Tyler stood there, breathing deeply, about 20 feet from the ridge. He couldn’t go back down because of how steep and rocky it was, and he couldn’t continue up without an ice ax either. We only had one between us, so I had to figure out how to get it to him. I whipped out my avalanche probe, stuck my ice ax through the metal loop on the end, and dangled it above him.
The probe was only a couple of feet too short. On the count of three, I dropped it down to him with the ice ax attached on the end. He caught it with tense precision. I laughed nervously as he used the ax to climb the rest of the way to the top. When he made it, we were both flooded with a sense of relief as we stared at the outer-worldly views of the red rock desert below. But that relief was short-lived.
We climbed the last 800 feet or so to the top, following another intimidatingly steep and icy booter with high consequences. To our left were hundred-foot cliffs. To our right, a scree-field above Tuk’s classic south-facing line, ‘Tuklear Reaction.’ Neighboring Tuk No was now shining gloriously in the sun. Red rock desert surrounded us. It was like we were looking down from a snowy high point on an alien planet in some weird stretch of the cosmos.
By the time we summited, it had stopped snowing and the sun came out in full force. The winds picked up and the snow didn’t really soften at all. It was now and only now did we truly understand that the north-facing ski down would not be fun—it was going to be survival skiing.
We haphazardly downclimbed over a patch of scree to the start of the descent. The snow was bulletproof. We transitioned and skied down cautiously—fearfully. Our line went all the way but only barely—the thin crux towards the bottom of the run was above a 50-foot cliff, with hundred-foot cliffs to its sides. A fall here would have serious repercussions.
I skied slowly and carefully, focusing on every rock-hard turn. I really didn’t want to fall. At certain points before the crux, I could make decent, almost-normal feeling turns while at others times I slid and sidestepped like I was two years old again on a scary run my dad forced me to do.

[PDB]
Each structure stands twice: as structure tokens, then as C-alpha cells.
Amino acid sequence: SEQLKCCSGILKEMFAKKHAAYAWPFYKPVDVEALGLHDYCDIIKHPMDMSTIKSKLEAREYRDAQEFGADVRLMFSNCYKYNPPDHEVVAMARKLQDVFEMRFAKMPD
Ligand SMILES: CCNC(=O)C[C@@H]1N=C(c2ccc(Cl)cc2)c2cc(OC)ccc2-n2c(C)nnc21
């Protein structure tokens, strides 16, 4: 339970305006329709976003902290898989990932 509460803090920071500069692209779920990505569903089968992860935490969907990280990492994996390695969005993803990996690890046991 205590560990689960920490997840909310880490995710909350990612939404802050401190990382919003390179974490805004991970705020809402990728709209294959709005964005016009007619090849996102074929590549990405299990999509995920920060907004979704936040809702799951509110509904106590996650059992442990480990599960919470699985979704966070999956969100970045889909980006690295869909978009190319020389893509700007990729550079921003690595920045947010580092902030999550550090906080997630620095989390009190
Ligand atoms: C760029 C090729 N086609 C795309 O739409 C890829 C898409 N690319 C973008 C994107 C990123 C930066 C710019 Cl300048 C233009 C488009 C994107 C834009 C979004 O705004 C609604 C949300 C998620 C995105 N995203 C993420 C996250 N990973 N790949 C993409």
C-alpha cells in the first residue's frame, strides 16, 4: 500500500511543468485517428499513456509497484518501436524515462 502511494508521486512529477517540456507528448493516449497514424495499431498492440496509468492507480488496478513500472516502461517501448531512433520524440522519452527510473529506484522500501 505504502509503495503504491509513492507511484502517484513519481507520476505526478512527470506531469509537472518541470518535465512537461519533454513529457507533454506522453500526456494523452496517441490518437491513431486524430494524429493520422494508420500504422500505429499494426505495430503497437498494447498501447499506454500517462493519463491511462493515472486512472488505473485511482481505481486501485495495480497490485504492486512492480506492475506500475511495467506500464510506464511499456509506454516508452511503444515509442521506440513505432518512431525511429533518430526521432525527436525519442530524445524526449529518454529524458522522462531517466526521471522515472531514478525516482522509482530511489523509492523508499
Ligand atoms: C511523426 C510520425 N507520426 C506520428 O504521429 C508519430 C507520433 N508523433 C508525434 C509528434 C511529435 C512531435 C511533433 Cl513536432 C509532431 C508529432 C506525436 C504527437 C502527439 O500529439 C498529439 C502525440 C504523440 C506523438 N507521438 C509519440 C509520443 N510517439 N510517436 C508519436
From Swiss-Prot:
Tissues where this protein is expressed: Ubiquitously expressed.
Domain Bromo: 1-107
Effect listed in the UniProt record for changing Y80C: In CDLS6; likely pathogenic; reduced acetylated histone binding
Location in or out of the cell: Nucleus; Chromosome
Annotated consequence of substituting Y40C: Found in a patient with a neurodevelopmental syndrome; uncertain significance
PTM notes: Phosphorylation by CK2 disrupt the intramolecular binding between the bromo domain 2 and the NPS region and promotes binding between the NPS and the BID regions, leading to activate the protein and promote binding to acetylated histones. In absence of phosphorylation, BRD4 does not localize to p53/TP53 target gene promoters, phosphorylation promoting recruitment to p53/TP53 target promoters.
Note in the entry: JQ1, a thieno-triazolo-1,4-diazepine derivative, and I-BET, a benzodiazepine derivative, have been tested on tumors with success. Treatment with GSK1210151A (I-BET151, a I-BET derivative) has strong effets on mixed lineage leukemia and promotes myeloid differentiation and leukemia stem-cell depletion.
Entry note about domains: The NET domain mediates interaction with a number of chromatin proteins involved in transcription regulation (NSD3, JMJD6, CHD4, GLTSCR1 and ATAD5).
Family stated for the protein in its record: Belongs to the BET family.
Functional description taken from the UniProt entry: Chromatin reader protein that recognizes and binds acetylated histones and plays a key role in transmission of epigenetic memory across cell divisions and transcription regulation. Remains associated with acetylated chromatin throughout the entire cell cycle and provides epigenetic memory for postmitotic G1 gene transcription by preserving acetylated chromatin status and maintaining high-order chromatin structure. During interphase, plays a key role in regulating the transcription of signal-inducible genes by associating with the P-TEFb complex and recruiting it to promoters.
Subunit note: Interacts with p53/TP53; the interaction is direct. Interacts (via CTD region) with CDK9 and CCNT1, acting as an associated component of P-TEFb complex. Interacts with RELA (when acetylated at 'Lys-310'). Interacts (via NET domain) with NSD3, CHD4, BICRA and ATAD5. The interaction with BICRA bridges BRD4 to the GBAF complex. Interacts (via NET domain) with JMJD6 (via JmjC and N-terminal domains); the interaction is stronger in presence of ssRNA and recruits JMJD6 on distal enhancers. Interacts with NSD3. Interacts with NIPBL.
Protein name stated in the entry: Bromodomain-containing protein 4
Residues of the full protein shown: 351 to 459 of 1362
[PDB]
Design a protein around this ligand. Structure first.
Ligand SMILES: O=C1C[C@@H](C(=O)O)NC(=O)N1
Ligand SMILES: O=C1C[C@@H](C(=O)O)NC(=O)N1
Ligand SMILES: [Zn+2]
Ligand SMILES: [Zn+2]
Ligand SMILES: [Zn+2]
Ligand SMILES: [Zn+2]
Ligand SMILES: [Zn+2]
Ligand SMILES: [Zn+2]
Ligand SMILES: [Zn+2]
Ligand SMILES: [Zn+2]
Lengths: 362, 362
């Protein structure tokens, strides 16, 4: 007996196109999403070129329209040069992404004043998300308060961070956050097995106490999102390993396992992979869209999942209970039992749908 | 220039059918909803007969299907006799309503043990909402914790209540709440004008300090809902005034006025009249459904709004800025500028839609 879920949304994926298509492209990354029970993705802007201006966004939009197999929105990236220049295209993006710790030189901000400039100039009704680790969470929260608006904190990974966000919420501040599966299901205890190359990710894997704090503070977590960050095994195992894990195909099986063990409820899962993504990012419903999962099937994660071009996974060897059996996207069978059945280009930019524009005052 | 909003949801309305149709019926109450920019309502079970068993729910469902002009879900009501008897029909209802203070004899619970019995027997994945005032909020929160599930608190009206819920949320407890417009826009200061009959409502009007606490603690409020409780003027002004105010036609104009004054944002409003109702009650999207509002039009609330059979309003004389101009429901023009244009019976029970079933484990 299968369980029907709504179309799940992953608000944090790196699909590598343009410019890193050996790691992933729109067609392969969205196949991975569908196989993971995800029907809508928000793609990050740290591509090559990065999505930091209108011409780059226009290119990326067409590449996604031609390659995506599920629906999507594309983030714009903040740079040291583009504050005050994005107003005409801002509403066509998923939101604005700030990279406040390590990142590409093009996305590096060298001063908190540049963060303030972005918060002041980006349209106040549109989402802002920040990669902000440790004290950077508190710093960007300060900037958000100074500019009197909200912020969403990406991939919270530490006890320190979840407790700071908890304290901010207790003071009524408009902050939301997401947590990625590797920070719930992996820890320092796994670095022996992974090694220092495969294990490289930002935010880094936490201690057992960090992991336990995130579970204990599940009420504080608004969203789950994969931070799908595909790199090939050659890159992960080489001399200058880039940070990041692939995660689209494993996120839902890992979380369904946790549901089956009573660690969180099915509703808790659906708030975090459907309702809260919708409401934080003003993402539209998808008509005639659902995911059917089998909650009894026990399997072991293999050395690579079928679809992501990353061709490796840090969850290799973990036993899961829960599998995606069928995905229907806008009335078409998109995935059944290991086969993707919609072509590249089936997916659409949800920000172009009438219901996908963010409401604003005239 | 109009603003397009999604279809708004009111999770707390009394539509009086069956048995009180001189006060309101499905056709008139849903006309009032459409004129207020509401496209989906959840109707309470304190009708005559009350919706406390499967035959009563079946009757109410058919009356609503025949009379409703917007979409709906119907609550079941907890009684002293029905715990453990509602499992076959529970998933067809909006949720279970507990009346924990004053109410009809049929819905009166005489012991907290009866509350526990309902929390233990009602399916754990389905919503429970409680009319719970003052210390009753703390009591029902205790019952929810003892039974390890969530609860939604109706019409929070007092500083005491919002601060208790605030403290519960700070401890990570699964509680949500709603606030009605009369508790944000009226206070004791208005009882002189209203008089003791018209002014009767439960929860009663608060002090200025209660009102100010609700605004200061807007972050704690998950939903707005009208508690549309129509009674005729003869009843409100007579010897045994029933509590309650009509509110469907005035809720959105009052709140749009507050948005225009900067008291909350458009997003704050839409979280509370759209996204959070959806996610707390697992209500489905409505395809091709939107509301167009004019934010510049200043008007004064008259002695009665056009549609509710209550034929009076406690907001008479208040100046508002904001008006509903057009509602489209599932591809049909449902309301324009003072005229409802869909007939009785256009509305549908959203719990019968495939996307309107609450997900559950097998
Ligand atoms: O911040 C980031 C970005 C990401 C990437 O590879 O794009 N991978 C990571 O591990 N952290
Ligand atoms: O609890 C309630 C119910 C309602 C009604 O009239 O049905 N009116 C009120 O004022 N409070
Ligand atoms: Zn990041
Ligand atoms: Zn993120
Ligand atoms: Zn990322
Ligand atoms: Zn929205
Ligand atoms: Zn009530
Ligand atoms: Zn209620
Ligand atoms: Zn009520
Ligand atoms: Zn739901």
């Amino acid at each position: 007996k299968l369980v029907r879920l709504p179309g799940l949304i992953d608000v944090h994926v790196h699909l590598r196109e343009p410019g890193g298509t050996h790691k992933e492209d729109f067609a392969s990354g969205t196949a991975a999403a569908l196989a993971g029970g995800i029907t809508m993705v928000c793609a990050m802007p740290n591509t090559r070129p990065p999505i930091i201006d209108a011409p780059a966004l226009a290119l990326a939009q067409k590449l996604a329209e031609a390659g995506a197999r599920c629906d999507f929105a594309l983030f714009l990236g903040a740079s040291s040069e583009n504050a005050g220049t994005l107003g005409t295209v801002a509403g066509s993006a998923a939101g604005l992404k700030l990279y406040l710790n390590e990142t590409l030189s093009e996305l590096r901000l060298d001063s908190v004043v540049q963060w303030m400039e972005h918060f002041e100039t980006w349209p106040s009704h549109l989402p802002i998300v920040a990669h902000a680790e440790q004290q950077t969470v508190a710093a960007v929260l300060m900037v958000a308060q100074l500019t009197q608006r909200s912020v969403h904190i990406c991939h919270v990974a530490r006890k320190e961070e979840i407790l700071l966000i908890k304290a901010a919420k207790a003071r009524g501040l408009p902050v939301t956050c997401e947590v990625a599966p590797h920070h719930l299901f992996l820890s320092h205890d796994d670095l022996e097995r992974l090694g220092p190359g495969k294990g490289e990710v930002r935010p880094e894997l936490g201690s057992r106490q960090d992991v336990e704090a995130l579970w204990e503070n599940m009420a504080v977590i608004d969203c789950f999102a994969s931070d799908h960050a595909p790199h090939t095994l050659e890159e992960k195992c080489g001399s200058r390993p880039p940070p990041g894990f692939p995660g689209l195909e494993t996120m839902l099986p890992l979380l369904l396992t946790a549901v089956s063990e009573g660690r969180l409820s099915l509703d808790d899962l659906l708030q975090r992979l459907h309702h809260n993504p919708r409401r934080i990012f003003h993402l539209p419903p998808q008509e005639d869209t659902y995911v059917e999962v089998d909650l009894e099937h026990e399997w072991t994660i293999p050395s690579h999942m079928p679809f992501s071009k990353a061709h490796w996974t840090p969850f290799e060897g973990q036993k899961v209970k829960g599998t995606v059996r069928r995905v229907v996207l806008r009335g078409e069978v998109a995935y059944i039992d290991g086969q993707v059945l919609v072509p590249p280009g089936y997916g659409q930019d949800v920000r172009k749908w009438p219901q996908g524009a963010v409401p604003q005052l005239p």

Then came the crux.
The crux was a narrow, couple-foot wide section of snow between rocks, all positioned about 70 feet above a massive cliff. The exposure was real. I yelled at Tyler, who was on a snowboard, to be really careful here. I sent the crux with one sweeping turn and made it through safely, immediately lifting the immense, psychological weight from off my shoulders. From here, I traversed above the cliff band to the right where I could continue descending. It was here on the bottom end of the descent that I finally got to make fun, fast turns in finally soft, corn snow. I mach’d down the apron at full speed, feeling a speedball of utter terror and pure, joyous satisfaction.
I love this shit. Tyler traversed to the right above the crux and ripped nice turns down the apron. When he got to where I was waiting we both nervously laughed for a moment. We did it. We were alive. And now we had a whole ‘nother thousand feet of corn and apron-skiing back down to Gold Basin. We let it rip.
Once again, in Gold Basin, we looked back at the summit, which seemed far off and forlorn. We were happy despite the utter terror we experienced for most of the day. We agreed that we could have planned the tour a little better but that it was overall a fun day, and we didn’t expose ourselves to too much overhead risk. We probably won’t ski Tuk again but we’re glad we checked the box.
There’s a reason Mount Tukuhnikivatz is a North American classic ski descent. It’s a massive undertaking with a long, 2500-vertical-foot descent in the middle of a red desert. It’s beautiful. It’s powerful. It’ll scare the shit out of you but still leave you hungry for more.
Photos in chronological order, courtesy SnowBrains: